A former Archuleta County employee has filed a lawsuit against the county and the Board of County Commissioners saying she was wrongfully terminated after reporting gender-based harassment in the workplace.
According to a news release from Albrechta & Albrechta LLC, in late 2021, Archuleta County commissioners issued a $2,000 bonus to all employees who worked during the COVID-19 pandemic to thank them for their services. But commissioners decided to withhold the bonus from employees who took any leave related to COVID-19.
Lacy Brown, a former supervisor with the county’s Department of Human Services, said she took 6½ hours leave when she was exhibiting symptoms of COVID-19 and was subsequently denied the bonus. Her attorneys say that is a violation of the Families First Coronavirus Response Act and the CARES Act.
“These federal laws also protected employees who took any leave related to COVID from retaliation,” the release says. “Withholding a bonus that was originally granted to all employees from only those employees who used federally protected leave is a direct form of retaliation for taking the leave.”
Archuleta County Commissioner Ronnie Maez declined to comment for this story.
When Brown learned she would not earn the bonus, she went to her supervisor who directed her to the county commissioners because they were responsible for the decision. When she did, she was told the communication with elected officials and her boss was inappropriate, according to the release.
The release said Brown was then subject to discriminatory statements based on her gender.
According to the lawsuit, county Administrator Scott Wall was overheard saying something to the effect that he would never meet with Brown alone “because she had a bad reputation around town.” Wall also allegedly made an offensive comment about a “homosexual man,” according to the lawsuit.
Brown and the man told human resources they planned to file formal complaints accusing Wall of creating a hostile work environment. The next day, the county accepted Wall’s voluntary resignation, “which included a generous payout of his contract,” according to the lawsuit.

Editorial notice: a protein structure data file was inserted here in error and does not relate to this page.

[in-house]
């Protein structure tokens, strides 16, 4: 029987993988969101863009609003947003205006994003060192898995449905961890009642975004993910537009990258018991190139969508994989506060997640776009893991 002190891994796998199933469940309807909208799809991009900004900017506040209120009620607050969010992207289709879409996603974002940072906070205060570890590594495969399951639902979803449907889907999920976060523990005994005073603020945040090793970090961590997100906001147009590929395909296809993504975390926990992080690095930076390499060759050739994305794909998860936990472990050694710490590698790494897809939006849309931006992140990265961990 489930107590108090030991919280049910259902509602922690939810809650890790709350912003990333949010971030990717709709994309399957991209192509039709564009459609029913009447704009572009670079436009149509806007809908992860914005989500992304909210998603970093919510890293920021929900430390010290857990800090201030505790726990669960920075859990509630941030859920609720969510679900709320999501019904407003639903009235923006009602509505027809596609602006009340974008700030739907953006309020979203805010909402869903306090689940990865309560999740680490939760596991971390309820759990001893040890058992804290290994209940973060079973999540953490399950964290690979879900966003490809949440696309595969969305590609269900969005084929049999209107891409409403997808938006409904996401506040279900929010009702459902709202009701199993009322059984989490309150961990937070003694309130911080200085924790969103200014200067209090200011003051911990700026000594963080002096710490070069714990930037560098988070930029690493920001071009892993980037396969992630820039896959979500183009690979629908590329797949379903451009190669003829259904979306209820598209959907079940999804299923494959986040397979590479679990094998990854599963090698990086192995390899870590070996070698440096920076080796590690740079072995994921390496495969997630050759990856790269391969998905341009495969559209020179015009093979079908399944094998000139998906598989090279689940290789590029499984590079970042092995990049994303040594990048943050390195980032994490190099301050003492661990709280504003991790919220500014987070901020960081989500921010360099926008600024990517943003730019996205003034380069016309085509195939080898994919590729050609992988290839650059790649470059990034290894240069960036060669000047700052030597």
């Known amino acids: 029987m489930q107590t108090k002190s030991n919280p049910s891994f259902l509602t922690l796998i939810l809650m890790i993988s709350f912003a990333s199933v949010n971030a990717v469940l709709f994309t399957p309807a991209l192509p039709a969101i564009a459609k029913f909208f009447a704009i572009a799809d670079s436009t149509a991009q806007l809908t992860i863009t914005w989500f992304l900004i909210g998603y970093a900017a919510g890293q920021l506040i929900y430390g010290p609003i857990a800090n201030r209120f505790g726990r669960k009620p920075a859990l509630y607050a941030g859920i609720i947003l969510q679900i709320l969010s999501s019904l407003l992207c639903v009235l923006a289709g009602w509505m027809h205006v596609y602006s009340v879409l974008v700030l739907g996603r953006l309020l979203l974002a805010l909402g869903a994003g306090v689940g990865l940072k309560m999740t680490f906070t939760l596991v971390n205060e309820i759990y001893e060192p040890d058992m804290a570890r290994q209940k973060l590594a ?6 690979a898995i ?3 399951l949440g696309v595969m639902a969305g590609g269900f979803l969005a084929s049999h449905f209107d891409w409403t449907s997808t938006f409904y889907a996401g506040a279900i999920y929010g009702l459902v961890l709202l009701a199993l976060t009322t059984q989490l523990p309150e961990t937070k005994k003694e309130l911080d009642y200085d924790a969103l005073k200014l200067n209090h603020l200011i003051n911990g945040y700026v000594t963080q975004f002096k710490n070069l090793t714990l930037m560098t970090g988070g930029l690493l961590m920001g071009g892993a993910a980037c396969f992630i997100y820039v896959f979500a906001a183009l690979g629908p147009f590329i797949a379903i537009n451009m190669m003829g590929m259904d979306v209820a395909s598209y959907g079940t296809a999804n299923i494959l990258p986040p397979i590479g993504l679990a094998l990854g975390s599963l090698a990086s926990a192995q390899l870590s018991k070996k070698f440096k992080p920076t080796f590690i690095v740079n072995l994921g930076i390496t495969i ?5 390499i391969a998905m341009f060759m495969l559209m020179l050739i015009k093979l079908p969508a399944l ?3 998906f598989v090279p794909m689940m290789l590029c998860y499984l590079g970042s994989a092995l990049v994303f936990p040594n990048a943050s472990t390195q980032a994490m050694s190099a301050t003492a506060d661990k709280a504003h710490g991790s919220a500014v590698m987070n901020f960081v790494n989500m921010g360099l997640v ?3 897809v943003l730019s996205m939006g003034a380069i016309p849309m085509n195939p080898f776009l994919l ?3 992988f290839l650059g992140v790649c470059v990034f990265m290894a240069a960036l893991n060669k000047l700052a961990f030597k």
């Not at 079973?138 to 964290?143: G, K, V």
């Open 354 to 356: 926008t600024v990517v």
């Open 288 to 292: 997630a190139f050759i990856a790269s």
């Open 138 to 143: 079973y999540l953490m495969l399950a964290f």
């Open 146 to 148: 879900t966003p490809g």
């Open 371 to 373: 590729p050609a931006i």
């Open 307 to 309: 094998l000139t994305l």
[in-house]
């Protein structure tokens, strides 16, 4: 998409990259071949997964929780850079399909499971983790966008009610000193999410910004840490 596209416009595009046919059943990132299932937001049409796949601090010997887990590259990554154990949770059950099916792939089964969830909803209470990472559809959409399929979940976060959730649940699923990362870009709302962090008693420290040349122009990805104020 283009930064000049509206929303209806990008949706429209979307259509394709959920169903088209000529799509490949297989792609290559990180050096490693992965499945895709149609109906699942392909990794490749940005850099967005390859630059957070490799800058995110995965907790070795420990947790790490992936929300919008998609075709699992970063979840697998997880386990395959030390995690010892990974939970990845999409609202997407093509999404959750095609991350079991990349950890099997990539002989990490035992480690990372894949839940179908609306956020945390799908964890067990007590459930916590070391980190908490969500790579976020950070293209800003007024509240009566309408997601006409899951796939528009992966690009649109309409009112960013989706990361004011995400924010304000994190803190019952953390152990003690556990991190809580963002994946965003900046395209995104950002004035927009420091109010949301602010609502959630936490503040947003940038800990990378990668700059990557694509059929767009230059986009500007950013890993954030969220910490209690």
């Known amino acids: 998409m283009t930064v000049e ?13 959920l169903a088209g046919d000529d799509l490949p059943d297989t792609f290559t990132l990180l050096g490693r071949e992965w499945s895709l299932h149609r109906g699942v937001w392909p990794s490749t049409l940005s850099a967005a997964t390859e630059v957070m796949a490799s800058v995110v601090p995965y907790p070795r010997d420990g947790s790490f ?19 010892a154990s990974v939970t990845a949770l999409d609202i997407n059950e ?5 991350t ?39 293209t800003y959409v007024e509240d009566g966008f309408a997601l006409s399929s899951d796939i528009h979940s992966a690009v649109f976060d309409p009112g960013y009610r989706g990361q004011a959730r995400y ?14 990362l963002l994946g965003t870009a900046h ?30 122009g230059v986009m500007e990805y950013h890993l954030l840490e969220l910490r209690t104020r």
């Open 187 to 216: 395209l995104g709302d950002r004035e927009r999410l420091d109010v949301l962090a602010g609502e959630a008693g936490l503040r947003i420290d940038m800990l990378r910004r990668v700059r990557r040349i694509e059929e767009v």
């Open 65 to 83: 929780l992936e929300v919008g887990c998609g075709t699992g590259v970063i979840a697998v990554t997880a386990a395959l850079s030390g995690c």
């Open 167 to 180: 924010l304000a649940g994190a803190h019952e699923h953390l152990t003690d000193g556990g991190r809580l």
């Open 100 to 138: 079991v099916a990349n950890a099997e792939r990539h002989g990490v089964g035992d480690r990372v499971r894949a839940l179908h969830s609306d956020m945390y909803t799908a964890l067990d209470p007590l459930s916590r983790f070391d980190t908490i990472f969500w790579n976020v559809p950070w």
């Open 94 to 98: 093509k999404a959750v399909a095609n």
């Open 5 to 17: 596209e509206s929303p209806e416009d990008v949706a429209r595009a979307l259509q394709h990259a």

“Mr. Wall was never formally reprimanded and was allowed to resign on his own terms and was paid to do so,” the lawsuit says.
Efforts to reach Wall for comment Tuesday night were unsuccessful.
After reporting the harassment, Brown’s attorneys allege the county began an investigation against Brown, and she decided to voluntarily resign as a result. The county allegedly refused to accept Brown’s resignation and instead terminated her employment.
“It is disappointing that the County I served for so long decided to terminate me after I reported harassment and after I voluntarily resigned,” Brown said in the release. “It is even more upsetting that all of this began simply because I challenged a decision by my elected officials to withhold a bonus from me and others when the County’s policy forced me to take time off during the pandemic.”
Brown is represented by Durango attorneys David and Eleni Albrechta, as well as Tod Thompson with Albrechta & Coble located in Ohio.
“Ms. Brown is standing up for her own rights after being terminated for reporting harassment in the workplace,” said David Albrechta, in the release. “She is also leading the charge for any employee who was denied the County-wide bonus simply because they were forced to take leave pursuant to the County’s own policies during a global pandemic.”
The lawsuit requests that Archuleta County compensate Brown for all income and benefits incurred from Oct. 24, 2021, as well as compensation for damage to her reputation and emotional distress.